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Rain slows construction

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Rain slows construction

Contractor Sylvester Duarte digs near the Applied Arts Building as part of the campus construction for the new Science Complex

Contractor Sylvester Duarte digs near the Applied Arts Building as part of the campus construction for the new Science Complex

Daniel Hernandez / The Advocate

Contractor Sylvester Duarte digs near the Applied Arts Building as part of the campus construction for the new Science Complex

Daniel Hernandez / The Advocate

Daniel Hernandez / The Advocate

Contractor Sylvester Duarte digs near the Applied Arts Building as part of the campus construction for the new Science Complex

By Luis Cortes, Advocate Staff

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The 2019 winter season has brought a significant amount of rain and with it a halt on the progress of the three phases of construction of the new Science Complex.

However, construction near the Applied Arts Building looks to resume after weeks of inclement weather.

The first increment in the project was to demolish the former Health Science and Liberal Arts buildings. That phase has reached completion. The projected timeline for the completion of the building of the Science Complex is 2023.

Building and Grounds Manager Bruce King said the rain had affected the construction a little bit, but all plans remain on schedule.

“There’s still plenty of time,” King said regarding increment two which hopes to begin near the end of March.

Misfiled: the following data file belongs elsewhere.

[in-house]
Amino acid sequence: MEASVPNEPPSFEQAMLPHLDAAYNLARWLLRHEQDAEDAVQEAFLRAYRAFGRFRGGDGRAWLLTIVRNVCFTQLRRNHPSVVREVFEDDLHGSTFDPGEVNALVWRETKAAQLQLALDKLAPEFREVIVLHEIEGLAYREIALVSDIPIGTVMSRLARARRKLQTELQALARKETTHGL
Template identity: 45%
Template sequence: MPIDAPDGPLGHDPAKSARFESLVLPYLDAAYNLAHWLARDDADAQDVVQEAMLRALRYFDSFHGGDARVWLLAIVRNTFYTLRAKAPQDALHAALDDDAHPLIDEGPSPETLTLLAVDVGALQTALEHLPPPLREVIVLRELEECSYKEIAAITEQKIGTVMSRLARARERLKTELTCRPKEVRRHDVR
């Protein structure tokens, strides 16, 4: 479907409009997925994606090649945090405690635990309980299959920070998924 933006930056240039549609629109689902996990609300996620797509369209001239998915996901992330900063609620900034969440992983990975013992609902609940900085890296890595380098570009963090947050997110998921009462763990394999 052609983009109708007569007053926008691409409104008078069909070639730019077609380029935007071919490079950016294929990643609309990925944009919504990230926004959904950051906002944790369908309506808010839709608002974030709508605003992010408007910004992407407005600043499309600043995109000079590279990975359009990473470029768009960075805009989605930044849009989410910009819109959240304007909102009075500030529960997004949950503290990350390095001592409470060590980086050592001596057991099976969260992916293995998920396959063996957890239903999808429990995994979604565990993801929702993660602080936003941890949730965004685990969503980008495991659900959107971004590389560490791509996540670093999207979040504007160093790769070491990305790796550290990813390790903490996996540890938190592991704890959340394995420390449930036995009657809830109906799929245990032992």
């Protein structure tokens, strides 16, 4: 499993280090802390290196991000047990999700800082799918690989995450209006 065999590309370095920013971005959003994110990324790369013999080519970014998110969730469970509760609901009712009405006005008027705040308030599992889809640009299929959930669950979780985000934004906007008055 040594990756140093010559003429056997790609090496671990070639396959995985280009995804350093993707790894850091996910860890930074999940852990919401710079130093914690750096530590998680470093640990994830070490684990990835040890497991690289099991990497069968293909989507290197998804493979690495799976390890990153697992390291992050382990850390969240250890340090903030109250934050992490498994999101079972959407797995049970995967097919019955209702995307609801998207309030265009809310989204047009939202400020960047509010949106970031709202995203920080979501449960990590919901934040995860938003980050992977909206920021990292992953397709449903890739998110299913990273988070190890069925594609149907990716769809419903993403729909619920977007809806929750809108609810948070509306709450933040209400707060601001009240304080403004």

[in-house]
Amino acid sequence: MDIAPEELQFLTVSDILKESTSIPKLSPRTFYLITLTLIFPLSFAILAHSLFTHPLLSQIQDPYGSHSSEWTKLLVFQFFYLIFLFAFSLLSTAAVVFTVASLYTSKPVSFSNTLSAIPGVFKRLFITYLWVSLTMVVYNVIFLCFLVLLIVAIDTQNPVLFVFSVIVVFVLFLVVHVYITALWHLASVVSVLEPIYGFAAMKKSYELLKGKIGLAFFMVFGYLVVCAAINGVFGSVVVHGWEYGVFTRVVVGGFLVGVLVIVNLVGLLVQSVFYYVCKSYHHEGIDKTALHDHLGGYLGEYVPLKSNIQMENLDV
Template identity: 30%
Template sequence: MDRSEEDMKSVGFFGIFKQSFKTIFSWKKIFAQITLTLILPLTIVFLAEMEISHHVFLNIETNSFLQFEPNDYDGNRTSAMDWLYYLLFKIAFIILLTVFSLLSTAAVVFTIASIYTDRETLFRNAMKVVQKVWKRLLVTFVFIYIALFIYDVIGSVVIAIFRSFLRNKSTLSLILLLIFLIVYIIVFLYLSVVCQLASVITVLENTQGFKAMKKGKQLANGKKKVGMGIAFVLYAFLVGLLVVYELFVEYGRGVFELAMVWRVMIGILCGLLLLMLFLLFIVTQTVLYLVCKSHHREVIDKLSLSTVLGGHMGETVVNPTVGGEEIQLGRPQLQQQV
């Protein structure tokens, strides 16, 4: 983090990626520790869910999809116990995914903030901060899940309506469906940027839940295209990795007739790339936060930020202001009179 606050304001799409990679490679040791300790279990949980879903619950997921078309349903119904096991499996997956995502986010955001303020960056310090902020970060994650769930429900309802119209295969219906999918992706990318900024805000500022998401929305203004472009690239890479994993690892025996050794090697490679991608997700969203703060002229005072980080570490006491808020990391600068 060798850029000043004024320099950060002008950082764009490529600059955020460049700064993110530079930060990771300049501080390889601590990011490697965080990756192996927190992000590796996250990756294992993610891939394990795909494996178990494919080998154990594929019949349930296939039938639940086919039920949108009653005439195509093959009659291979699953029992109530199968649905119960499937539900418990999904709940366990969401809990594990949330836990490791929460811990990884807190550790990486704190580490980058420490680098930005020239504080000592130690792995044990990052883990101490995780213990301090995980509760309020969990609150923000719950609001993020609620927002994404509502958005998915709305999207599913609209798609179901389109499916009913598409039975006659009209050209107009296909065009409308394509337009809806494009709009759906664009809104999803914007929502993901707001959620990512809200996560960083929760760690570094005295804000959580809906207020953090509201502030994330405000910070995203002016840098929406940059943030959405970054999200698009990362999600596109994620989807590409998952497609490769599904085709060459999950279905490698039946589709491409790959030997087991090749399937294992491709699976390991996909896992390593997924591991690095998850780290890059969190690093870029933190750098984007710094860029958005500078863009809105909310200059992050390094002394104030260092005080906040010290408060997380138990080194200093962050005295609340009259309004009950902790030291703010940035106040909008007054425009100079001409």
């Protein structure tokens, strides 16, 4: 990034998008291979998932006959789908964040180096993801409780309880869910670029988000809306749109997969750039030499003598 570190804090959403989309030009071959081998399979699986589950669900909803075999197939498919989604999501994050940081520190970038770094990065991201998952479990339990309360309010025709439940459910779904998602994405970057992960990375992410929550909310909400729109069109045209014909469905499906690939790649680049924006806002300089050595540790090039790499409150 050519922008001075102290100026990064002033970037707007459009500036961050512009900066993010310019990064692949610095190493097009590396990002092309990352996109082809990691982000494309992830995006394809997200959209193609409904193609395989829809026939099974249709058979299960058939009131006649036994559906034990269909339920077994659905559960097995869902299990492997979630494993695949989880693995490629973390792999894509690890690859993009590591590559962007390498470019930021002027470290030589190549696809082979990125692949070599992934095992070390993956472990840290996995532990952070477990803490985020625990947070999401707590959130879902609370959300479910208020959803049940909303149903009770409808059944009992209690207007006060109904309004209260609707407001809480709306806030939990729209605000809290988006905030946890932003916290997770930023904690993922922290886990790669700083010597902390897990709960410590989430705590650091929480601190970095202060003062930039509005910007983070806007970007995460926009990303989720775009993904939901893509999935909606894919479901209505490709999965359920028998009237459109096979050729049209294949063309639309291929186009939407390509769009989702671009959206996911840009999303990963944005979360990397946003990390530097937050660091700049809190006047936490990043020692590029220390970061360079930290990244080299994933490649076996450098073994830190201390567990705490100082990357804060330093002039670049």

Increment two involves grading (which may start in April), utilities and the laying down of the foundation.

This phase will take place primarily in the dry months of the year, King said. Increment three is the start of the actual construction of the building.

The cost for the entire project, from the demolition of the Health Science and Liberal Arts buildings to the construction of the Science Complex, is $68.86 million.

Students who walk up the stairs located near Lot 11 will notice workers digging up the ground situated outside the AA Building.

Many have questioned if the works that are being done in this area is connected to the construction of the Science Complex or something new.

King said the installation is a conduit for the lighting in the Science Complex along with the color coding of the ground.

The tube will reroute power for lights and will reach the back of the AA Building into the boiler room.

King said it is a necessary procedure to have wires through a conduit because it protects the wires and routes them.

The National Electrical Code (NEC), which is the electrical installation code in the United States, demands that conduits used in commercial and industrial buildings must protect any wiring from damage, commonly using metal or plastic conduit, or passageways cast in concrete.

In this case, plastic conduit is being used.

Sylvester Duarte, a contracted construction worker who is currently working on the conduit, said it will be done sometime near midday Tuesday (March 5). “We plan to get the majority done today,” he said.

Students around campus have gotten used to the commotion caused by the construction. Economics major Pedro Campos said the disruption in access and loud noise does not affect his regular school day as much as it used to.

“I’ve already gotten used to it, so it doesn’t annoy me anymore,” he said. “As long as the construction doesn’t emit toxic stuff, its OK.”

Campos said he is looking forward to the campus having the new Science Complex.

“I think the new building is going to be a great addition to the college.”

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Rain slows construction